- Mordaunt Hall in the New York Times says it’s okay, but notes:
The well-spoken girl of the Maugham story has been transformed into a callous creature named Lorry Evans, who is determined to have her “bed of roses,” cost what it may.The new offering is far from edifying and the characters do not always behave as if they were drawn from life. It is a case of the plot having precedence over the conduct of the persons involved.
- Erich at Acidemic talks briefly about the movie and just generally enthusiastic.
The dialogue is great throughout, though, with Halliday and Kelton trying to wise up Constance to her self-inflicted class-ceilinged moral code. There’s a big Mardi Gras scene that’s all dressed up to go nowhere, but it’s altogether a gem and a hoot.
- Mick LaSalle’s Complicated Women explains:
Constance Bennett in Gregory La Cava’s Bed of Roses (1933) played a woman who was completely bad news, but she was Constance Bennett, which made all the difference.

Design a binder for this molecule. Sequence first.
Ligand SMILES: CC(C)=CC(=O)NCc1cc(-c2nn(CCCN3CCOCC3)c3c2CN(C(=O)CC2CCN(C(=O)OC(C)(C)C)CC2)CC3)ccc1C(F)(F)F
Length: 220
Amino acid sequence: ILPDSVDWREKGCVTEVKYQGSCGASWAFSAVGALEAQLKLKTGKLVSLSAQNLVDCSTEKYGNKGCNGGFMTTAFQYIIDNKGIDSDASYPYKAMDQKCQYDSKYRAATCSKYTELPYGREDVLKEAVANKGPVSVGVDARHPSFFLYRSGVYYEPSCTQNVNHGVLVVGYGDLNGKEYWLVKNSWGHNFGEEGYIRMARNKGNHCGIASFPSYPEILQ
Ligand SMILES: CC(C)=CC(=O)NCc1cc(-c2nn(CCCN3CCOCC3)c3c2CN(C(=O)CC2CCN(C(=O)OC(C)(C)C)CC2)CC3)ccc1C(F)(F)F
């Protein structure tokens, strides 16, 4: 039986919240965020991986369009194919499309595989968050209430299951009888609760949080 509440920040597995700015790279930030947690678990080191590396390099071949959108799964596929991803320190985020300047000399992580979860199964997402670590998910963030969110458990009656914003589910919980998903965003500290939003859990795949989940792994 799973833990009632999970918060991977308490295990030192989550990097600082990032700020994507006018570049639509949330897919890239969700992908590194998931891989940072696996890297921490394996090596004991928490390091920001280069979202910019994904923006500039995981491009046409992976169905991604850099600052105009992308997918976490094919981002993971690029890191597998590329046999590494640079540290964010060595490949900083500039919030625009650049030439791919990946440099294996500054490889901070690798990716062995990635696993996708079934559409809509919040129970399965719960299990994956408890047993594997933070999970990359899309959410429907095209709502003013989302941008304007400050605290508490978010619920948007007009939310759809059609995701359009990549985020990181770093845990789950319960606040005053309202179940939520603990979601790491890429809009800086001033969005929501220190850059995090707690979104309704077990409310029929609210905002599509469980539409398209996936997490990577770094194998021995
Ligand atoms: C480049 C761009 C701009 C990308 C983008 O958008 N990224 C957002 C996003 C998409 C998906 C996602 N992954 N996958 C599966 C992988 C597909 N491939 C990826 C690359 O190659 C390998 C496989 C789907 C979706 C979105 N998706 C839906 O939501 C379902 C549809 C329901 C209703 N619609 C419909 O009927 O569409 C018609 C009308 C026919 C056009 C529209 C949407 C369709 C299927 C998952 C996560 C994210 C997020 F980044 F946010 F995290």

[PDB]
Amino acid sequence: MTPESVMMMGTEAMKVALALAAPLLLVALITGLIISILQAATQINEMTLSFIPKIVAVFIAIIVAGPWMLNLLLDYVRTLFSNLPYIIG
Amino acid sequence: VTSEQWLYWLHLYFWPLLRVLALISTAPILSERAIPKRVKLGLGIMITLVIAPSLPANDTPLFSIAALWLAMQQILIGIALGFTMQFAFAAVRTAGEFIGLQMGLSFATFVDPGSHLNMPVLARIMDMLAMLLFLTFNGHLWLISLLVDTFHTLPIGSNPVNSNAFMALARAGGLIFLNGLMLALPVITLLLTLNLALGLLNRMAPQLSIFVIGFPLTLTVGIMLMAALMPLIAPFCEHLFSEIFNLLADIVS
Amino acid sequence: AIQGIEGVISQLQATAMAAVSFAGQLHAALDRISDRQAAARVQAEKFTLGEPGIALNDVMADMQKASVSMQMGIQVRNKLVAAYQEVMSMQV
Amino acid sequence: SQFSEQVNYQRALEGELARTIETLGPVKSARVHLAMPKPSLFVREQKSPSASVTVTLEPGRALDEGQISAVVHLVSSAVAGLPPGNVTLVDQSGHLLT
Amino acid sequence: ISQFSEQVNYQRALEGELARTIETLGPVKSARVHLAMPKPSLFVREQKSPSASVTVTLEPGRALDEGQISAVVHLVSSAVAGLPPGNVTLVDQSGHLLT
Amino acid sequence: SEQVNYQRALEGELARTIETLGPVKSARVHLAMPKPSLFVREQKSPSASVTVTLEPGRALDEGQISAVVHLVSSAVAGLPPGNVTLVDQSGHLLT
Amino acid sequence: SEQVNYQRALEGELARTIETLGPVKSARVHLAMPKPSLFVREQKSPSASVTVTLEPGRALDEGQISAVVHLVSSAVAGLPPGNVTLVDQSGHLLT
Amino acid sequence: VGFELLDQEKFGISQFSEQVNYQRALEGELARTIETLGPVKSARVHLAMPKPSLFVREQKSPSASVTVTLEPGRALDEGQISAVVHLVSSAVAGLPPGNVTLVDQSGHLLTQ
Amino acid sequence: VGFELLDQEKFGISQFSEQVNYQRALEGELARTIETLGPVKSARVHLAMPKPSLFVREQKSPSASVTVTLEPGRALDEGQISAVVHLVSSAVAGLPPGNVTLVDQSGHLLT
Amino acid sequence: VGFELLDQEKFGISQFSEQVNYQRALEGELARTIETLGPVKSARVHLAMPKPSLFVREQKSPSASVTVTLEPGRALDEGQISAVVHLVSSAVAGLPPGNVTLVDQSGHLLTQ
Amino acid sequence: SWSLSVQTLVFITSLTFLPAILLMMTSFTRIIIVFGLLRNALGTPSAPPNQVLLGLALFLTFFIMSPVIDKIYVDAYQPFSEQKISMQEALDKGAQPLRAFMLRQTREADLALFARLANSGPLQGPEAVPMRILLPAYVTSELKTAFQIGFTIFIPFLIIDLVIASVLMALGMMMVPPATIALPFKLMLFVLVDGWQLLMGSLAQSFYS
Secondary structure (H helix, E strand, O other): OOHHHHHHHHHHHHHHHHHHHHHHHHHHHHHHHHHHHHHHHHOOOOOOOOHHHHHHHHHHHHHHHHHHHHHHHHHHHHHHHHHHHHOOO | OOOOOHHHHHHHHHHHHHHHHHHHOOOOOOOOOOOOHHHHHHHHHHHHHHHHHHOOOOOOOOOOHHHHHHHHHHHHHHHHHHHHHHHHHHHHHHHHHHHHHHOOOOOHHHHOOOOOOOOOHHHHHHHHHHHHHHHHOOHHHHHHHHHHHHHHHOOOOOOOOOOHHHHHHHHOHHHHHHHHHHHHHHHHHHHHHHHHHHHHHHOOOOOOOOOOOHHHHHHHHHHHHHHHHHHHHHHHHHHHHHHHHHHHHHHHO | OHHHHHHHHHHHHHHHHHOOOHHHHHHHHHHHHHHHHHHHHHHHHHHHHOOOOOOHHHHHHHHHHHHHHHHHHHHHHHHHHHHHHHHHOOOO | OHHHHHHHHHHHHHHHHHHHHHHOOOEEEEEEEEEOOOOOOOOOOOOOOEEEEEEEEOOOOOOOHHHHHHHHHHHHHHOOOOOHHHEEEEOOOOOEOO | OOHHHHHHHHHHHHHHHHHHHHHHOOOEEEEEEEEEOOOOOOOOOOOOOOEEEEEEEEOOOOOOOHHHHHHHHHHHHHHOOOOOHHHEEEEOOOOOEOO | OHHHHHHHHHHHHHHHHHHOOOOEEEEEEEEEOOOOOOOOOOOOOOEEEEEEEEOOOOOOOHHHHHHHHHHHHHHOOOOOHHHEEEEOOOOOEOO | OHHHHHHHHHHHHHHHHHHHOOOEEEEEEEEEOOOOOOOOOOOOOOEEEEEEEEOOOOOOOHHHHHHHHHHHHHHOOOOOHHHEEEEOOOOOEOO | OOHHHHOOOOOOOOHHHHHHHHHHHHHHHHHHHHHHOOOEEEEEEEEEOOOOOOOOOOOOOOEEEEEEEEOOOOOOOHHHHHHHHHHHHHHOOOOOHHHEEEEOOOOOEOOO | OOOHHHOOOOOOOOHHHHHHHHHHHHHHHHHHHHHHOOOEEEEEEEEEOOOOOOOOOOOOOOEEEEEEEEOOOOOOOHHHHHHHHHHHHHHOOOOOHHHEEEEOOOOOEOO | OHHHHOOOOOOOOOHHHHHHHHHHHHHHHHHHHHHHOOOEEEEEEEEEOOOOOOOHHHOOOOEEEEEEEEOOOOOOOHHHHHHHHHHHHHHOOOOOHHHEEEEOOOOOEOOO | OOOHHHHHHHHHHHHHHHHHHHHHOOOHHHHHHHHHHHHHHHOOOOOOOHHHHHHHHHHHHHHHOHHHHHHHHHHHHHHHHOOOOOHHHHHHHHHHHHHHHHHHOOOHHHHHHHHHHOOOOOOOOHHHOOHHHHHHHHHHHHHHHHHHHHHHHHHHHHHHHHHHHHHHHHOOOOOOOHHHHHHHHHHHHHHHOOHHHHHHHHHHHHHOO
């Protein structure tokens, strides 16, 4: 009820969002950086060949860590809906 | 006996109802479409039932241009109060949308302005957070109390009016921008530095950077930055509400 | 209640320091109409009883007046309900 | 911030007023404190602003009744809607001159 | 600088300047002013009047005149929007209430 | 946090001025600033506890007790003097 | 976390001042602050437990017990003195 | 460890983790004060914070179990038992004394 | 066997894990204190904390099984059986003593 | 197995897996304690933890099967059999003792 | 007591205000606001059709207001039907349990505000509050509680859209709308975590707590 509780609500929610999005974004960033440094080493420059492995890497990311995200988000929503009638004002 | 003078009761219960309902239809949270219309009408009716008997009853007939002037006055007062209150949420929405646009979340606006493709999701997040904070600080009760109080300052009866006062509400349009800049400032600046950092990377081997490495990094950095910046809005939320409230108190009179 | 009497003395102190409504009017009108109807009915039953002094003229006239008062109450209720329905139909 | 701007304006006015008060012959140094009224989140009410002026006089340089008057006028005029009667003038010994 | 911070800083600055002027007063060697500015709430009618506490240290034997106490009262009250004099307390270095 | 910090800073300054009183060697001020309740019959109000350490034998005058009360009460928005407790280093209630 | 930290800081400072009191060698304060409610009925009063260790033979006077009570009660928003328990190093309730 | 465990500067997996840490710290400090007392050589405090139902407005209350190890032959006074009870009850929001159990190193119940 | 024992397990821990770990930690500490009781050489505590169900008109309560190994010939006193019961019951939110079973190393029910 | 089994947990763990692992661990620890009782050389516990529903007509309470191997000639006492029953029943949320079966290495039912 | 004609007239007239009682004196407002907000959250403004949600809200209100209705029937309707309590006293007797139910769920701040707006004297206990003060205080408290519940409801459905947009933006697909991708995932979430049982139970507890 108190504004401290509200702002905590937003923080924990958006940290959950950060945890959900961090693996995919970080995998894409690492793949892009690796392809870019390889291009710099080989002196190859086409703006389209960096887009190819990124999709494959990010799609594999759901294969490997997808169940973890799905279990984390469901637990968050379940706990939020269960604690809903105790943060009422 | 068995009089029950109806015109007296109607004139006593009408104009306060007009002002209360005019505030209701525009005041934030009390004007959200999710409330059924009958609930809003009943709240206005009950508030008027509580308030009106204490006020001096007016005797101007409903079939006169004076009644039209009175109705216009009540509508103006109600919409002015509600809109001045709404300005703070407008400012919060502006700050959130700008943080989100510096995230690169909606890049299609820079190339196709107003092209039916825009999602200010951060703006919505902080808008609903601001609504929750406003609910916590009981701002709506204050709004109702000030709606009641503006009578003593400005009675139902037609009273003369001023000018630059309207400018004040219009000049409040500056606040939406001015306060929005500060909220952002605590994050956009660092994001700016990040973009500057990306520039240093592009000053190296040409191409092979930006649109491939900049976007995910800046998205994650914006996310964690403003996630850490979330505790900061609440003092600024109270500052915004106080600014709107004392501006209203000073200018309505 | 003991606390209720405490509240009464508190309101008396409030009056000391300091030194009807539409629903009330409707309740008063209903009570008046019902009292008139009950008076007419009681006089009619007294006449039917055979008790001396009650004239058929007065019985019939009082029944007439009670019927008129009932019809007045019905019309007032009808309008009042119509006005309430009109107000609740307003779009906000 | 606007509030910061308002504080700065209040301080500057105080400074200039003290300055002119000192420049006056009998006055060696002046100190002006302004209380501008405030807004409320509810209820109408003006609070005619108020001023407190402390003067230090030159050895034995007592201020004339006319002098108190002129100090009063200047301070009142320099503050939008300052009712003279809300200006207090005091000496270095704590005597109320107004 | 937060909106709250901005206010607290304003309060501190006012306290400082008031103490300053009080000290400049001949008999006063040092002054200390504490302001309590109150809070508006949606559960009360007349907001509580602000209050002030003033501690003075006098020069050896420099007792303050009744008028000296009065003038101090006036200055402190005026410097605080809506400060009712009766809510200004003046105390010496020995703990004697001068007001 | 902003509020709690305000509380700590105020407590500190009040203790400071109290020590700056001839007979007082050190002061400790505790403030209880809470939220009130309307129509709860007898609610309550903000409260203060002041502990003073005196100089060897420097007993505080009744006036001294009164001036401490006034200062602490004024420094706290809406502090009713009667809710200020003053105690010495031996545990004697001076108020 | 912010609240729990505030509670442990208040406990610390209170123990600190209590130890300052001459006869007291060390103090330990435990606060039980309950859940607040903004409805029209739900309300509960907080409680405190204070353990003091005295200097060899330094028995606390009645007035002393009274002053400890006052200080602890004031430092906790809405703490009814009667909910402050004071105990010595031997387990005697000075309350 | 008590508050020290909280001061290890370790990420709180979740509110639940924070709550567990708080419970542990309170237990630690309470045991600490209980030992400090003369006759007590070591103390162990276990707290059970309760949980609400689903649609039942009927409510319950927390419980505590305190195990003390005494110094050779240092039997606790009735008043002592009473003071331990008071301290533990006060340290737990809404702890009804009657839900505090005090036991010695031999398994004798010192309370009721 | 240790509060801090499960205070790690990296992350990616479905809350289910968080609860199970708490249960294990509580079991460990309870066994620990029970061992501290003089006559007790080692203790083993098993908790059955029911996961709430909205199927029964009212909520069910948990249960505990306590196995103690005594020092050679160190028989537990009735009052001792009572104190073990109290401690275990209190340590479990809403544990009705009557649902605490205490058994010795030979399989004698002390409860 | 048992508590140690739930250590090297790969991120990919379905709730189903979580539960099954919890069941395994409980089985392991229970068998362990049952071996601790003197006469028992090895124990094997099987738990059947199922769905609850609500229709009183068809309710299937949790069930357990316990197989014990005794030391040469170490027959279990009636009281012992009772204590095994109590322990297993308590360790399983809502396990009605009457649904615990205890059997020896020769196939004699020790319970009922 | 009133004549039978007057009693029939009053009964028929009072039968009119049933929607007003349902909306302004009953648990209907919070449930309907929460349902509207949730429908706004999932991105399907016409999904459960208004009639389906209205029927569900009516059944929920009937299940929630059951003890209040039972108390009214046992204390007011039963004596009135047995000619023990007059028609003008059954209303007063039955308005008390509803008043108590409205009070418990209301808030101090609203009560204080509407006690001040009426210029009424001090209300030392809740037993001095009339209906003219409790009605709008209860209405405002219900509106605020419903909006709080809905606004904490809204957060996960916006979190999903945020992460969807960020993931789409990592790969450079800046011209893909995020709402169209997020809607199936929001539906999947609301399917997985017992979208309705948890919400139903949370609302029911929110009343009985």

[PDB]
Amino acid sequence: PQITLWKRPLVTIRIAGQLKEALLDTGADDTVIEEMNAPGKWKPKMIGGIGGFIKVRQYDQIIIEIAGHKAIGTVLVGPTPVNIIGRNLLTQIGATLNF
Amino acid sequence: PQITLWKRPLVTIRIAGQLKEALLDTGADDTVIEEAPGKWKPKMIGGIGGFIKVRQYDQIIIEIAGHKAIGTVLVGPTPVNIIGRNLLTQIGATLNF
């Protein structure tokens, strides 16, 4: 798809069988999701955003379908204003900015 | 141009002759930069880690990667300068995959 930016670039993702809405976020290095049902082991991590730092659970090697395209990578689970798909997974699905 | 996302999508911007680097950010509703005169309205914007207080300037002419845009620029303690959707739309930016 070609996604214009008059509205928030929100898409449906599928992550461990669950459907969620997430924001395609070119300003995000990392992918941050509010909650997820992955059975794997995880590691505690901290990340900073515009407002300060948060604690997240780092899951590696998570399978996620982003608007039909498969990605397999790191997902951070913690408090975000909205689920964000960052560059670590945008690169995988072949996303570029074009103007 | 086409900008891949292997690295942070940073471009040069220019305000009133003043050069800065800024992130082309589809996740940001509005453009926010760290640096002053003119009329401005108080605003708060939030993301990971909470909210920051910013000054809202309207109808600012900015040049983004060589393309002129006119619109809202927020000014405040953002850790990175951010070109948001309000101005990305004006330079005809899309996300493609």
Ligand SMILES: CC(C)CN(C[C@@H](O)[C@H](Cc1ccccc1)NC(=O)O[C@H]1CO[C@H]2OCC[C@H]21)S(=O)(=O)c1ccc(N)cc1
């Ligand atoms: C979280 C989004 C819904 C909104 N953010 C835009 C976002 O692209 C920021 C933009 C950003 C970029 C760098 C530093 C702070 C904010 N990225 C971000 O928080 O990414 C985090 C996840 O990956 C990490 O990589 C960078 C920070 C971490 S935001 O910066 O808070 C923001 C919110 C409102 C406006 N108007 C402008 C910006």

- Brian Kellow’s The Bennetts: An Acting Family (one of the best biographies out there for my money) talks about what set the film apart from Constance’s previous roles:
The film takes a much more casual attitude toward sinning than The Easiest Way or Born to Love: Lorry is a tough, merry tart who doesn’t stop to question her morals until fairly late in the film. Constance comes across as a more teasing, sexually aggressive personality than any of her previous films allowed her to be [..] but it wasn’t enough to make Bed of Roses a hit.
Awards, Accolades & Availability
- This film still hasn’t made its debut on DVD, but plays occasionally on Turner Classic Movies.